My mom, my sister, and I fell in love with homemade arepas when I was in high school. We used to make them to go with South American/Mexican-style dishes (i.e. refried beans or corn), but we'd also eat them as a starchy side dish with main course salads. When you fry them, which I'm not actually certain is the authentic way to make arepas, they develop a lovely crust on the outside and an almost creamy consistency on the inside. And when you add cubed fresh mozzarella to the arepa batter, you wind up with delicious gooey, stringy, melty cheese in every bite. You do have to be careful to keep a hot pan when frying, as the copious cheese can stick to the pan and make the arepas hard to flip. —Cara Eisenpress
Test Kitchen Notes
The best part about this recipe was the way the mozzarella oozed out of the arepas with every bite. I was also amazed at how easy the arepas were to make—I'd always been a bit intimidated by them, but they were quick enough for a weekday meal. I will say, though, that the recipe isn't joking about being "oversized." In fact, I got scared off and wound up making four normal-sized patties instead. I appreciated the bare simplicity of the spring vegetable topping, but I might add some herbs or an acid next time to brighten it. —vrunka
For the Spring Vegetables
sugar snap peas, washed and trimmed
thin asparagus, washed, trimmed, and cut into 2-inch lengths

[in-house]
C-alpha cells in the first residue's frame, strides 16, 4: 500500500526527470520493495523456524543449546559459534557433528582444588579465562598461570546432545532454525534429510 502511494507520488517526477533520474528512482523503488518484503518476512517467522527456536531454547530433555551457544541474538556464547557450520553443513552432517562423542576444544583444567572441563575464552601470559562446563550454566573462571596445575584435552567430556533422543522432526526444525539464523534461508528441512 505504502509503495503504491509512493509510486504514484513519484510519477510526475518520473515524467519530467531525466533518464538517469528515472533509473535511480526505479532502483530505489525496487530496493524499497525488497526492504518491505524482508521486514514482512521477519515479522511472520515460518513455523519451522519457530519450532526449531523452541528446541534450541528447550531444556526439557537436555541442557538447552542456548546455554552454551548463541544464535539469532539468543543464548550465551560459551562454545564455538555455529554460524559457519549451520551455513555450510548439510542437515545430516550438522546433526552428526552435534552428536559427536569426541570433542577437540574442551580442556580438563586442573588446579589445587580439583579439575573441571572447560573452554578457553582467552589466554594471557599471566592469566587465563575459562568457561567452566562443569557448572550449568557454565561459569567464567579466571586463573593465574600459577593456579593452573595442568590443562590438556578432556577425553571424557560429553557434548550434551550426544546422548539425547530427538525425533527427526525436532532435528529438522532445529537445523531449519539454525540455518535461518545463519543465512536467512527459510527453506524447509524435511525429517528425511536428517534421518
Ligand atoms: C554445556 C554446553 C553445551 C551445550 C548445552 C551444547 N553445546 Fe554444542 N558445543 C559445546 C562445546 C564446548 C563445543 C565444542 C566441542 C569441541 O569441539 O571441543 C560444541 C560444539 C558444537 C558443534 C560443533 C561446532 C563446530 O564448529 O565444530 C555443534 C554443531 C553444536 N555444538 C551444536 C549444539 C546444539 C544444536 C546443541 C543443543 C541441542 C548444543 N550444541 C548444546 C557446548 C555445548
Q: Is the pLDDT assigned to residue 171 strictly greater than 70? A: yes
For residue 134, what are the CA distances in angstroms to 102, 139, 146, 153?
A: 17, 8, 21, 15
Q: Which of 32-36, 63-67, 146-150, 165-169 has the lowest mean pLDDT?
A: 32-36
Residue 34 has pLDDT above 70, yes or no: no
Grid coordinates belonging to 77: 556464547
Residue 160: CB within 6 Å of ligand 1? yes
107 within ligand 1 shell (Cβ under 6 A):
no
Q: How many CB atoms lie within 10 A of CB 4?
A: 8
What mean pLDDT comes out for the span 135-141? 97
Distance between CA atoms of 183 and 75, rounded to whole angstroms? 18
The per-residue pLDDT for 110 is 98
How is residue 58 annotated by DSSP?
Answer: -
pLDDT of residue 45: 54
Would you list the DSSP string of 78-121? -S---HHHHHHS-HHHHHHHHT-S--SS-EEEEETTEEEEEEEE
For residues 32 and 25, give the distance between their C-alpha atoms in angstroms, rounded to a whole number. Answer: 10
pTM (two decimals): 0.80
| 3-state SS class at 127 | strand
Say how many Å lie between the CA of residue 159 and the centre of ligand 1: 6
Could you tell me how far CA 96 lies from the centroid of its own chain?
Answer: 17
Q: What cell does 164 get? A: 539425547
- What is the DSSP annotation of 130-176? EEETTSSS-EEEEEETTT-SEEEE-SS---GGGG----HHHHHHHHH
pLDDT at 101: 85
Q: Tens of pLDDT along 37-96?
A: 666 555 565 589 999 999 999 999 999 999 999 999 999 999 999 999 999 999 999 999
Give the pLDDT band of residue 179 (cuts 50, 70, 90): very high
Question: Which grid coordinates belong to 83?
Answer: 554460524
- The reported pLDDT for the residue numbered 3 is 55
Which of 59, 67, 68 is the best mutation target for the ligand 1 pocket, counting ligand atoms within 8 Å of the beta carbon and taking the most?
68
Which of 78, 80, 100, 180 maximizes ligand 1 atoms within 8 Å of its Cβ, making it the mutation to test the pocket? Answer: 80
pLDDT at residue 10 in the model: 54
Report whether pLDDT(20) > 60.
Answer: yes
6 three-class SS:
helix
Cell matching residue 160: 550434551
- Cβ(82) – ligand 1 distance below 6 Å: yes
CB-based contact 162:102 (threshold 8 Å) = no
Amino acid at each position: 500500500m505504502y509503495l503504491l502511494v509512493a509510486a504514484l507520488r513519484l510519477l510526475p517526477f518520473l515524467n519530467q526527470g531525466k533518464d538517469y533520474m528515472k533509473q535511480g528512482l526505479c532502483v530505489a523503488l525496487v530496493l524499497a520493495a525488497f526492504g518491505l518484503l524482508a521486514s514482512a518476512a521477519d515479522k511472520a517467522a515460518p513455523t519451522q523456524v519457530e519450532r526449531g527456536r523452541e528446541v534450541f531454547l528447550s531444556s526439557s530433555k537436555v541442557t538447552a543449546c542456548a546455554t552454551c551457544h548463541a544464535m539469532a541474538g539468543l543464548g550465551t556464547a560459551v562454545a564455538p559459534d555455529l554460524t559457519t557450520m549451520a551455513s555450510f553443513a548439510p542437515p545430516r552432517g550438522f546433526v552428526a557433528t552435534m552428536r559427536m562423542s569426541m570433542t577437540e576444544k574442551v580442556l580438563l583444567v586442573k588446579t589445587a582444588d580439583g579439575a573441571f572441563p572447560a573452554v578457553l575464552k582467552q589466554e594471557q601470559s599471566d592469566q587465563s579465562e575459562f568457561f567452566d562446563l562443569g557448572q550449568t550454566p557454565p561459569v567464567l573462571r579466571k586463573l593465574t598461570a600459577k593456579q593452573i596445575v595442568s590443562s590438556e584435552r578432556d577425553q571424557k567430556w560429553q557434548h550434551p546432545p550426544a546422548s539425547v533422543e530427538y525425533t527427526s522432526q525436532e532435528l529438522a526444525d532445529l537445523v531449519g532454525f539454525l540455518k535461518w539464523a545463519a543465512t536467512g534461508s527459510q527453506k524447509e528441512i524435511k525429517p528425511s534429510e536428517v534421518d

small zuchinni, trimmed and cut very thinly (on a mandolin if possible)
To make the vegetables, bring a pot of water to the boil. Salt it well, then add the sugar snaps and the asparagus and let cook for about 1 minute, until very green. Add the zucchini, and let cook another 30 seconds to 1 minute, just until cooked.
Drain the vegetables and shock them with cold water. Drain again, and set aside.
Finish the vegetables when you've started frying the arepas: sauté the shallot and the garlic in the olive oil over medium heat until just beginning to get golden. Add the vegetables and cook to warm them through. Season with salt and pepper.
To make the arepas, combine the masa harina, mozzarella, and salt in a medium bowl. Add 1 1/2 cups of room temperature water, stir well to combine, then leave for 5 minutes.
Heat the oil over medium heat in a large, well-seasoned cast iron or nonstick pan (big enough to fit 2 arepas). Take a little of the arepa dough and throw it into the pan. When it sizzles, you're ready to cook.
Divide the arepa dough into two balls. Flatten each into a disk with about a 7-inch diameter. Add to the pan. Cook on each side for 7-8 minutes, until the arepa has formed a crust and is quite golden. Be careful when flipping, as the cheese can stick to the pan.
When the arepas are done, lift them onto plates and top each with half of the sauteed vegetables and some freshly ground pepper.
I'm the founder, editor, and head chef at the blog Big Girls, Small Kitchen (www.biggirlssmallkitchen.com), a site dedicated to easy-to-execute recipes and stories from a quarter-life kitchen. I'm also the author of In the Small Kitchen published in 2011.